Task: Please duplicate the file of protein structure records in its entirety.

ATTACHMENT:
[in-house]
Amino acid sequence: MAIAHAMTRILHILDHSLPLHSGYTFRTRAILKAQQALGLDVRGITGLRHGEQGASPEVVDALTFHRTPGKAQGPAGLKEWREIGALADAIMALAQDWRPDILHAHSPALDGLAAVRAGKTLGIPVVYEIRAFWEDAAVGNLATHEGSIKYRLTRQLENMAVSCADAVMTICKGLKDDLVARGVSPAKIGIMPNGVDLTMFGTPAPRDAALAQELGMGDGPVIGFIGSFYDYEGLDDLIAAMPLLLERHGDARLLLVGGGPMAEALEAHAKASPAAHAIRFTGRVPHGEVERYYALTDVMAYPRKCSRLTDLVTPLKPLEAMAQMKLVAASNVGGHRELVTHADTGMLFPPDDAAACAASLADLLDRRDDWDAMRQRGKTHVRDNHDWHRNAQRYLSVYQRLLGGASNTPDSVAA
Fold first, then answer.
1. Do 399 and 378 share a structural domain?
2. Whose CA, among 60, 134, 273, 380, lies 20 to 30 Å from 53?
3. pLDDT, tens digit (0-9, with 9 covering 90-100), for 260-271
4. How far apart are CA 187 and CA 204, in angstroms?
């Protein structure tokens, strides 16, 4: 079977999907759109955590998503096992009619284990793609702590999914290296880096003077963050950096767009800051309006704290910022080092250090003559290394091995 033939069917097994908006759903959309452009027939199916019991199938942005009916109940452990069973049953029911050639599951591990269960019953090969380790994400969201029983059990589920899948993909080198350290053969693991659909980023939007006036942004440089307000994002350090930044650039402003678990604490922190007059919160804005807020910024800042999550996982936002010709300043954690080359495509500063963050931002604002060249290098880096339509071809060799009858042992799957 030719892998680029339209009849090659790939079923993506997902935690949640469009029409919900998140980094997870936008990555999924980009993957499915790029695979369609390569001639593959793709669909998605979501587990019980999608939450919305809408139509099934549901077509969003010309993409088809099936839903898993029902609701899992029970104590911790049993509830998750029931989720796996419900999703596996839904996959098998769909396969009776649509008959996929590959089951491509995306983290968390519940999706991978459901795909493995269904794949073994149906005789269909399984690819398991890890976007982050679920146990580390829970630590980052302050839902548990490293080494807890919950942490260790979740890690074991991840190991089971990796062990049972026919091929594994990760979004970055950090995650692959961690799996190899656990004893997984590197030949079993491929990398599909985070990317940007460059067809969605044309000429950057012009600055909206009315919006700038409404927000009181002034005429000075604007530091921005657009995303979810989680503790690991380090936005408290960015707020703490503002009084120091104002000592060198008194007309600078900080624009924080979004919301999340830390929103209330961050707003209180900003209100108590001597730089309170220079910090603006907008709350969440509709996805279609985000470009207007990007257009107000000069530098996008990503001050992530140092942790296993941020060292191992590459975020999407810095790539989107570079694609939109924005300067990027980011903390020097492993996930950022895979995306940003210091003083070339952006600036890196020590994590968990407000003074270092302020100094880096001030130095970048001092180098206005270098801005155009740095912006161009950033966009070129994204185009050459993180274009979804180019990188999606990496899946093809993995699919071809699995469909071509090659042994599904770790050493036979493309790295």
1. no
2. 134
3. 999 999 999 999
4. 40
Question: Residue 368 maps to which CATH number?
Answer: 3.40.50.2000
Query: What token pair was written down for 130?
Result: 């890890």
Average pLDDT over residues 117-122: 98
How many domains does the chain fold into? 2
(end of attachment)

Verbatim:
[in-house]
Amino acid sequence: MAIAHAMTRILHILDHSLPLHSGYTFRTRAILKAQQALGLDVRGITGLRHGEQGASPEVVDALTFHRTPGKAQGPAGLKEWREIGALADAIMALAQDWRPDILHAHSPALDGLAAVRAGKTLGIPVVYEIRAFWEDAAVGNLATHEGSIKYRLTRQLENMAVSCADAVMTICKGLKDDLVARGVSPAKIGIMPNGVDLTMFGTPAPRDAALAQELGMGDGPVIGFIGSFYDYEGLDDLIAAMPLLLERHGDARLLLVGGGPMAEALEAHAKASPAAHAIRFTGRVPHGEVERYYALTDVMAYPRKCSRLTDLVTPLKPLEAMAQMKLVAASNVGGHRELVTHADTGMLFPPDDAAACAASLADLLDRRDDWDAMRQRGKTHVRDNHDWHRNAQRYLSVYQRLLGGASNTPDSVAA
Fold first, then answer.
1. Do 399 and 378 share a structural domain?
2. Whose CA, among 60, 134, 273, 380, lies 20 to 30 Å from 53?
3. pLDDT, tens digit (0-9, with 9 covering 90-100), for 260-271
4. How far apart are CA 187 and CA 204, in angstroms?
């Protein structure tokens, strides 16, 4: 079977999907759109955590998503096992009619284990793609702590999914290296880096003077963050950096767009800051309006704290910022080092250090003559290394091995 033939069917097994908006759903959309452009027939199916019991199938942005009916109940452990069973049953029911050639599951591990269960019953090969380790994400969201029983059990589920899948993909080198350290053969693991659909980023939007006036942004440089307000994002350090930044650039402003678990604490922190007059919160804005807020910024800042999550996982936002010709300043954690080359495509500063963050931002604002060249290098880096339509071809060799009858042992799957 030719892998680029339209009849090659790939079923993506997902935690949640469009029409919900998140980094997870936008990555999924980009993957499915790029695979369609390569001639593959793709669909998605979501587990019980999608939450919305809408139509099934549901077509969003010309993409088809099936839903898993029902609701899992029970104590911790049993509830998750029931989720796996419900999703596996839904996959098998769909396969009776649509008959996929590959089951491509995306983290968390519940999706991978459901795909493995269904794949073994149906005789269909399984690819398991890890976007982050679920146990580390829970630590980052302050839902548990490293080494807890919950942490260790979740890690074991991840190991089971990796062990049972026919091929594994990760979004970055950090995650692959961690799996190899656990004893997984590197030949079993491929990398599909985070990317940007460059067809969605044309000429950057012009600055909206009315919006700038409404927000009181002034005429000075604007530091921005657009995303979810989680503790690991380090936005408290960015707020703490503002009084120091104002000592060198008194007309600078900080624009924080979004919301999340830390929103209330961050707003209180900003209100108590001597730089309170220079910090603006907008709350969440509709996805279609985000470009207007990007257009107000000069530098996008990503001050992530140092942790296993941020060292191992590459975020999407810095790539989107570079694609939109924005300067990027980011903390020097492993996930950022895979995306940003210091003083070339952006600036890196020590994590968990407000003074270092302020100094880096001030130095970048001092180098206005270098801005155009740095912006161009950033966009070129994204185009050459993180274009979804180019990188999606990496899946093809993995699919071809699995469909071509090659042994599904770790050493036979493309790295």
1. no
2. 134
3. 999 999 999 999
4. 40
Question: Residue 368 maps to which CATH number?
Answer: 3.40.50.2000
Query: What token pair was written down for 130?
Result: 């890890």
Average pLDDT over residues 117-122: 98
How many domains does the chain fold into? 2